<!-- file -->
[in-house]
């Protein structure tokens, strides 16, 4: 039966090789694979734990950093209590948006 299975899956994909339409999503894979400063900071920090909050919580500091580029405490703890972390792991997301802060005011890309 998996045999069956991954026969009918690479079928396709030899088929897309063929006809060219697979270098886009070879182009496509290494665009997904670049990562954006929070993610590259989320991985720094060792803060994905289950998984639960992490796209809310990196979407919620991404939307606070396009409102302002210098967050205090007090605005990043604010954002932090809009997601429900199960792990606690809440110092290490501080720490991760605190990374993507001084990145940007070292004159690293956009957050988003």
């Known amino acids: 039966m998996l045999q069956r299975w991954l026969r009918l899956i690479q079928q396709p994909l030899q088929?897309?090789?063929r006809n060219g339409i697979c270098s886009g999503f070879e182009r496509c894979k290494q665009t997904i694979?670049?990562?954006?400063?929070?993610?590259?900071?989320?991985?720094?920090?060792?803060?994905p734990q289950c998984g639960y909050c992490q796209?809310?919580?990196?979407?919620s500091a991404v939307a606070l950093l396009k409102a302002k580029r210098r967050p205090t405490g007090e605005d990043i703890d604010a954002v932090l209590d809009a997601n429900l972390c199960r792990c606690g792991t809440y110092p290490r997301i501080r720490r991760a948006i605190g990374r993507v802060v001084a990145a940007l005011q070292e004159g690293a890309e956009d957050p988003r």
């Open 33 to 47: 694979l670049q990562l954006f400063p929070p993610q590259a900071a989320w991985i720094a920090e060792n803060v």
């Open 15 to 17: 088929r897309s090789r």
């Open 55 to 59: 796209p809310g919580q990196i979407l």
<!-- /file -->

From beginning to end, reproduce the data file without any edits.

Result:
[in-house]
């Protein structure tokens, strides 16, 4: 039966090789694979734990950093209590948006 299975899956994909339409999503894979400063900071920090909050919580500091580029405490703890972390792991997301802060005011890309 998996045999069956991954026969009918690479079928396709030899088929897309063929006809060219697979270098886009070879182009496509290494665009997904670049990562954006929070993610590259989320991985720094060792803060994905289950998984639960992490796209809310990196979407919620991404939307606070396009409102302002210098967050205090007090605005990043604010954002932090809009997601429900199960792990606690809440110092290490501080720490991760605190990374993507001084990145940007070292004159690293956009957050988003």
């Known amino acids: 039966m998996l045999q069956r299975w991954l026969r009918l899956i690479q079928q396709p994909l030899q088929?897309?090789?063929r006809n060219g339409i697979c270098s886009g999503f070879e182009r496509c894979k290494q665009t997904i694979?670049?990562?954006?400063?929070?993610?590259?900071?989320?991985?720094?920090?060792?803060?994905p734990q289950c998984g639960y909050c992490q796209?809310?919580?990196?979407?919620s500091a991404v939307a606070l950093l396009k409102a302002k580029r210098r967050p205090t405490g007090e605005d990043i703890d604010a954002v932090l209590d809009a997601n429900l972390c199960r792990c606690g792991t809440y110092p290490r997301i501080r720490r991760a948006i605190g990374r993507v802060v001084a990145a940007l005011q070292e004159g690293a890309e956009d957050p988003r």
């Open 33 to 47: 694979l670049q990562l954006f400063p929070p993610q590259a900071a989320w991985i720094a920090e060792n803060v």
């Open 15 to 17: 088929r897309s090789r």
């Open 55 to 59: 796209p809310g919580q990196i979407l």